trachycarpus manipur

pipster 12
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trachycarpus manipur

Post by pipster 12 » Sat Mar 09, 2013 4:12 pm

I dont mean to nit pick as I love trying to get away with new species of palms in the uk-we must trial new species here. I am new to this board but not new to exotic gardening.

Have been growing palms for years with much trial and error. Have read reports about trachycarpus manipur-being extremely frost hardy. I have lost a seedling already (thought I would give it some fresh air and left it out in -3C in error) and thought I would try a bigger palm about 2 foot high. Just read a detailed report of where it naturally grows in habitat-

8 months of hot summer-temps can reach 100 degrees farenheit, around 4 months of cool sunny winters with lows of 30F (-1 Degrees C).

Who thought this plant would be hardy here? To be honest it gets described as super hardy- "the next big thing". I do wish nurseries would be more honest with their information so that we can at least know when to protect the palms we buy from them. After all they are costly.

from what I can gather-they don't like damp but can take some cold when bigger. If any one has some success stories? be interested to know.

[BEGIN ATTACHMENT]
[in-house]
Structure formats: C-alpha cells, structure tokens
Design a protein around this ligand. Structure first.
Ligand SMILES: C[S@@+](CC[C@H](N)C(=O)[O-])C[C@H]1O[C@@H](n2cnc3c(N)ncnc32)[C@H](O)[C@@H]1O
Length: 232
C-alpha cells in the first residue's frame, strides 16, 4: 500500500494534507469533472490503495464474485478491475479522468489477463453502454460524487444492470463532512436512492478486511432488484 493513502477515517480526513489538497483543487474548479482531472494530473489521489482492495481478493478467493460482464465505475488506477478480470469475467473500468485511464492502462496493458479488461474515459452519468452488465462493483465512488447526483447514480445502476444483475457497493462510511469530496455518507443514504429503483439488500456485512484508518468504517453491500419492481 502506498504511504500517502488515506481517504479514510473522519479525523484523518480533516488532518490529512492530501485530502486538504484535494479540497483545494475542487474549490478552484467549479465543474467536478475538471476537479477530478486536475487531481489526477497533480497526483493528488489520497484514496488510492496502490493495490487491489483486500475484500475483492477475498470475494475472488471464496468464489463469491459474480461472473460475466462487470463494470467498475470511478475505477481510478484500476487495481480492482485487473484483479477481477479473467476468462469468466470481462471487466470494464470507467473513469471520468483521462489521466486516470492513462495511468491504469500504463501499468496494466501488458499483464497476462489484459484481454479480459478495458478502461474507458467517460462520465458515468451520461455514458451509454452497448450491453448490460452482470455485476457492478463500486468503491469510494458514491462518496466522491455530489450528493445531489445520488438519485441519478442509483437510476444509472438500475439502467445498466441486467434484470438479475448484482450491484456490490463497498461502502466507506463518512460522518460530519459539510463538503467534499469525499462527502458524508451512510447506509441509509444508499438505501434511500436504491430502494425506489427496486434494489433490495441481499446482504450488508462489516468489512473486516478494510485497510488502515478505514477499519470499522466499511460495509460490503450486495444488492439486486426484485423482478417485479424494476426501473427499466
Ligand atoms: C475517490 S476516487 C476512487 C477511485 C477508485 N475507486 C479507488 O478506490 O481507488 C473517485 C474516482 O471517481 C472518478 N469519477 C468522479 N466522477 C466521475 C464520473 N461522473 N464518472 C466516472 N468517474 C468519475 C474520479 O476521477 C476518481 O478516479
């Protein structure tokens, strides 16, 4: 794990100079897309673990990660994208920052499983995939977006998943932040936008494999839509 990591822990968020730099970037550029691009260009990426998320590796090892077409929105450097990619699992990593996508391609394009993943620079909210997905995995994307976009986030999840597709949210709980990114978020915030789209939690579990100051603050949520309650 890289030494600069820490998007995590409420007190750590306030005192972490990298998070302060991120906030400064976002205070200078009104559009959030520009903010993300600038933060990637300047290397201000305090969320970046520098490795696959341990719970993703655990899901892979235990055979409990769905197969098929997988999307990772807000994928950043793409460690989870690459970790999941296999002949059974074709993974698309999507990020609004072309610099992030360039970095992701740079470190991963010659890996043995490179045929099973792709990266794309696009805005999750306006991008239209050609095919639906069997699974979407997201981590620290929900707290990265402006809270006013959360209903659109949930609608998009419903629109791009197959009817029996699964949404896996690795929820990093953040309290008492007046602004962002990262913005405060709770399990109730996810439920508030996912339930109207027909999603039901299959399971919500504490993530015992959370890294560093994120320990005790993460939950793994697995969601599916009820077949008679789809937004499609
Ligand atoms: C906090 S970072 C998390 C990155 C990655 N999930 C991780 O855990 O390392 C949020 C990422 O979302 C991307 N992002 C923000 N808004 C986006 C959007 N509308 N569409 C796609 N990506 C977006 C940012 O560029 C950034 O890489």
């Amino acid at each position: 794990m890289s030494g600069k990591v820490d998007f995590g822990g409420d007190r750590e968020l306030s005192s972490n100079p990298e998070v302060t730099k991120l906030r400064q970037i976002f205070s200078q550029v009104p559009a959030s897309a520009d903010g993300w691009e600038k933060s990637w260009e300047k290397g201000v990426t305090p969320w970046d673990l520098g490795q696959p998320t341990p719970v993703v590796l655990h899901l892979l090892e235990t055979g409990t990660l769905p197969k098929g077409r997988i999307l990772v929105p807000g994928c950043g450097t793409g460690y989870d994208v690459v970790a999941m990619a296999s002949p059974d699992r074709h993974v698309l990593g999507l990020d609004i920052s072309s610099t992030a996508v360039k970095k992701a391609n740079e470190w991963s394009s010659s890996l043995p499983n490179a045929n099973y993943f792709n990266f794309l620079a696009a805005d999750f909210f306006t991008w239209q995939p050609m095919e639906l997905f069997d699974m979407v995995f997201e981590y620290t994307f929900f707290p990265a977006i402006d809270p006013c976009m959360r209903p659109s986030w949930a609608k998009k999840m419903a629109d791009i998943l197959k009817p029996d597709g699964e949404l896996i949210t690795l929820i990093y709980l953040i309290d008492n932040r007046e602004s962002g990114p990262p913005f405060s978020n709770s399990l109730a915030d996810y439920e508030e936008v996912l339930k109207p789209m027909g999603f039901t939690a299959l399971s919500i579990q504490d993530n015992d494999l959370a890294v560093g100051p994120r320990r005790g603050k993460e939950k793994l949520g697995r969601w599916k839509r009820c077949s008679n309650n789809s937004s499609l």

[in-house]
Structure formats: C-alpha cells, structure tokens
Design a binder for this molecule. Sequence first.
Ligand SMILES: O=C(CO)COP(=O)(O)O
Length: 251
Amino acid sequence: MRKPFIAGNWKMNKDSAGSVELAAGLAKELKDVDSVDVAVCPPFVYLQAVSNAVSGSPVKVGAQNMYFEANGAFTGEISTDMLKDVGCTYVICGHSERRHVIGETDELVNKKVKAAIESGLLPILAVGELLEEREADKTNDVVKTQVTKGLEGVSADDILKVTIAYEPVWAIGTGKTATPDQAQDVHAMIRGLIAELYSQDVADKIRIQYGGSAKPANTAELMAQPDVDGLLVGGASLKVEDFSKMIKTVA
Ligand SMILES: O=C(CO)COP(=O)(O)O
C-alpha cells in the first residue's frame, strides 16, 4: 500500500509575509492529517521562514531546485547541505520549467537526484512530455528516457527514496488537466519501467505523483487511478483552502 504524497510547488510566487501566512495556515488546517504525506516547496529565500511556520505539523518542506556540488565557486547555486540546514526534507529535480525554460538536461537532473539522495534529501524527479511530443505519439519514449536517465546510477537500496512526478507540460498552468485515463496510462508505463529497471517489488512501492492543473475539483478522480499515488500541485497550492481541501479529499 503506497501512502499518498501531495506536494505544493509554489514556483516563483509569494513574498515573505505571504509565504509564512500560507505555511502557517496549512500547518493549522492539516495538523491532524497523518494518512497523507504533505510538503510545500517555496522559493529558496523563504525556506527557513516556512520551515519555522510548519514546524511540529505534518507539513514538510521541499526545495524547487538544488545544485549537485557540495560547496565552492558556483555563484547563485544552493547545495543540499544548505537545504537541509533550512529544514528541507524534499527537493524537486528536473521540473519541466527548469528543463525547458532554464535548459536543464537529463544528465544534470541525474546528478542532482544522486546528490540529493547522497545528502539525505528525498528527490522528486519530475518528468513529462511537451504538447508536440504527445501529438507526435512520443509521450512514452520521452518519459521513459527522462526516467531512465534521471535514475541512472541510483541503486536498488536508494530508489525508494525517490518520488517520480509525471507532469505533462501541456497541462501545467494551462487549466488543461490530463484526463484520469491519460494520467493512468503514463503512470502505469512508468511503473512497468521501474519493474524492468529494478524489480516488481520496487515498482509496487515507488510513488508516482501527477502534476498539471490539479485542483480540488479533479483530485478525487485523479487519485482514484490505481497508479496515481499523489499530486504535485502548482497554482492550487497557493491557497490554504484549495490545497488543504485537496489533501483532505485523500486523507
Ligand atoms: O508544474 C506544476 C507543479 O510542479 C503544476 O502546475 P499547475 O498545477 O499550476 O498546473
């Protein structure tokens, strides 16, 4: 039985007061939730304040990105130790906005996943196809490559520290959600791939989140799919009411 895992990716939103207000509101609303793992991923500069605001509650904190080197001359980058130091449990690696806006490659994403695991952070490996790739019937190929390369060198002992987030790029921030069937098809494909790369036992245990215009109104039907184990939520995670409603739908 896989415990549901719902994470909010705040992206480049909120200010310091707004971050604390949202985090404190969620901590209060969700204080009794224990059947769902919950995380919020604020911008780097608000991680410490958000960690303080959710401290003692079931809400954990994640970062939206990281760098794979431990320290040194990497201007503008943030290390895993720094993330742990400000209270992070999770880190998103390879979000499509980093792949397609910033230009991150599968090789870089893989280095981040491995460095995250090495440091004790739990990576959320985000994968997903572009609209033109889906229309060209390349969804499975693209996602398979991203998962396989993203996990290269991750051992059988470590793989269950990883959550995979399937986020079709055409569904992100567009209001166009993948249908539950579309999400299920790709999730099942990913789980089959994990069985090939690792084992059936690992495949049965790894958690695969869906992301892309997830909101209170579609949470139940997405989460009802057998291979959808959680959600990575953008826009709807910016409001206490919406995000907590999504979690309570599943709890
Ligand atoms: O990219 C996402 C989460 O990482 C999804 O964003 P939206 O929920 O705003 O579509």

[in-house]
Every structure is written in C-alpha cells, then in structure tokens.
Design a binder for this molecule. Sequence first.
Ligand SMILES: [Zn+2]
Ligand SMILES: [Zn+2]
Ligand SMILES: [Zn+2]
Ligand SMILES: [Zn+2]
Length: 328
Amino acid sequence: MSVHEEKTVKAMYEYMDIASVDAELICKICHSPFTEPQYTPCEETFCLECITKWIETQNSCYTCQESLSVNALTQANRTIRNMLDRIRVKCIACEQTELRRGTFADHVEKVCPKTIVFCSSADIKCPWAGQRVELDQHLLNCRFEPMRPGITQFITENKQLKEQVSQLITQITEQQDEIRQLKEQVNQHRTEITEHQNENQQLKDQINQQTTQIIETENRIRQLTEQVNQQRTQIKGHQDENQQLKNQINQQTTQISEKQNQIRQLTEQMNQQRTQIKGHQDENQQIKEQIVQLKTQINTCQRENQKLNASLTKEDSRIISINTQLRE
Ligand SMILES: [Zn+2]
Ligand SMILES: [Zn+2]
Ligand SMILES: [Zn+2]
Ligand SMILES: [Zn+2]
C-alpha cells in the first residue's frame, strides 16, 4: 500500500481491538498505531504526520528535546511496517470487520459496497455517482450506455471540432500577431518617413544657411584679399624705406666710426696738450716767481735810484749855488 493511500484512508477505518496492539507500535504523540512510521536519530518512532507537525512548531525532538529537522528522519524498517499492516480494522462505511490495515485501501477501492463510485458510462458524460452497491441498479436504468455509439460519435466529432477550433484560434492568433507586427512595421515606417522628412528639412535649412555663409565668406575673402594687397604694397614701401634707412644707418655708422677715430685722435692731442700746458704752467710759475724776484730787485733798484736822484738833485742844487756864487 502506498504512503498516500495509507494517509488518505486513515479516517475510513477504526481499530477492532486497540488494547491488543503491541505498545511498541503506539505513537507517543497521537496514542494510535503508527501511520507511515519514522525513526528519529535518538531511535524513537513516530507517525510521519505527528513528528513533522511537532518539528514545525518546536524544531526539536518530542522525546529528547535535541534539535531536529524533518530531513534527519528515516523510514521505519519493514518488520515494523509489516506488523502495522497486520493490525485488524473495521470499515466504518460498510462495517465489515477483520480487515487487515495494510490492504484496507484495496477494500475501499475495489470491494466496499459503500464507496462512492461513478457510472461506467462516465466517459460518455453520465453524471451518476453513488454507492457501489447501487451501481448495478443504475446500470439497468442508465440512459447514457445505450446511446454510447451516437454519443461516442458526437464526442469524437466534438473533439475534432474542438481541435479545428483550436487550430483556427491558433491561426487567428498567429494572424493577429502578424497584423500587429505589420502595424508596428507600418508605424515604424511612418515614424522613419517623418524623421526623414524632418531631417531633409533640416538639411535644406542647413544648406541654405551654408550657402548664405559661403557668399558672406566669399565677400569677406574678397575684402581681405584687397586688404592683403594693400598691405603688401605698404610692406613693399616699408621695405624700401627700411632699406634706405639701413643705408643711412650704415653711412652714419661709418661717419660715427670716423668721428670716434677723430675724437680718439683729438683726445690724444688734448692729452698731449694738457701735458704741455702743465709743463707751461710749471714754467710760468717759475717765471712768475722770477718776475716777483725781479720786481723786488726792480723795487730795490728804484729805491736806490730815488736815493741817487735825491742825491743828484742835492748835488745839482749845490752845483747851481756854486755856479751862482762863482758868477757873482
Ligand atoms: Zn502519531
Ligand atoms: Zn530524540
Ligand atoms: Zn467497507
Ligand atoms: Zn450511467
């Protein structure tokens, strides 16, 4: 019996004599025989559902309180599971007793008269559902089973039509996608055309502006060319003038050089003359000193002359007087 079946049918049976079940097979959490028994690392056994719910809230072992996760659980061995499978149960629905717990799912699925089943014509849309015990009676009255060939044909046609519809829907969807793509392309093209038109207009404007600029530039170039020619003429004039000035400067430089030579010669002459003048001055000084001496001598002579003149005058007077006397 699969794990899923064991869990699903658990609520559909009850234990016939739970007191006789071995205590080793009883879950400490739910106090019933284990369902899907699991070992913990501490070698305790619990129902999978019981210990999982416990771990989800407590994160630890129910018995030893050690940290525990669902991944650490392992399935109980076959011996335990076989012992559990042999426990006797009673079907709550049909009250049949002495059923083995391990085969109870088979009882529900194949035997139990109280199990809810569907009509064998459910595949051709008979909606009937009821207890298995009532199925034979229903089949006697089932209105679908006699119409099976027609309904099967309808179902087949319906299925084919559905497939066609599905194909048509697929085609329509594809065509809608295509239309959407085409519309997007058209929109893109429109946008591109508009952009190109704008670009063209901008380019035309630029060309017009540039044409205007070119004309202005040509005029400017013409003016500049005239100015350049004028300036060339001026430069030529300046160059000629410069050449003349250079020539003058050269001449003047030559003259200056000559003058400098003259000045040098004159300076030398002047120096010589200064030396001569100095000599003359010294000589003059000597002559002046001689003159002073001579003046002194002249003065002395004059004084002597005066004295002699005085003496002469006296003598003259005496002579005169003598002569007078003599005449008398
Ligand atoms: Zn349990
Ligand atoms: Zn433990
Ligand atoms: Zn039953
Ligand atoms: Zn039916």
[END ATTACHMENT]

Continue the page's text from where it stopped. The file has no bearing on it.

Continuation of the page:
phil


gabriel
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Re: trachycarpus manipur

Post by gabriel » Sat Mar 09, 2013 4:26 pm

I have planted out a small tiddler 2 years ago.
Zero protection and it is looking very good, not a scratch..
So for for me they prove to be hardy.


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Re: trachycarpus manipur

Post by GoggleboxUK » Sat Mar 09, 2013 4:30 pm

I've got a 4ft potted one with about 6" of trunk that I intend to plant out in a sheltered spot this spring.
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pipster 12
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Re: trachycarpus manipur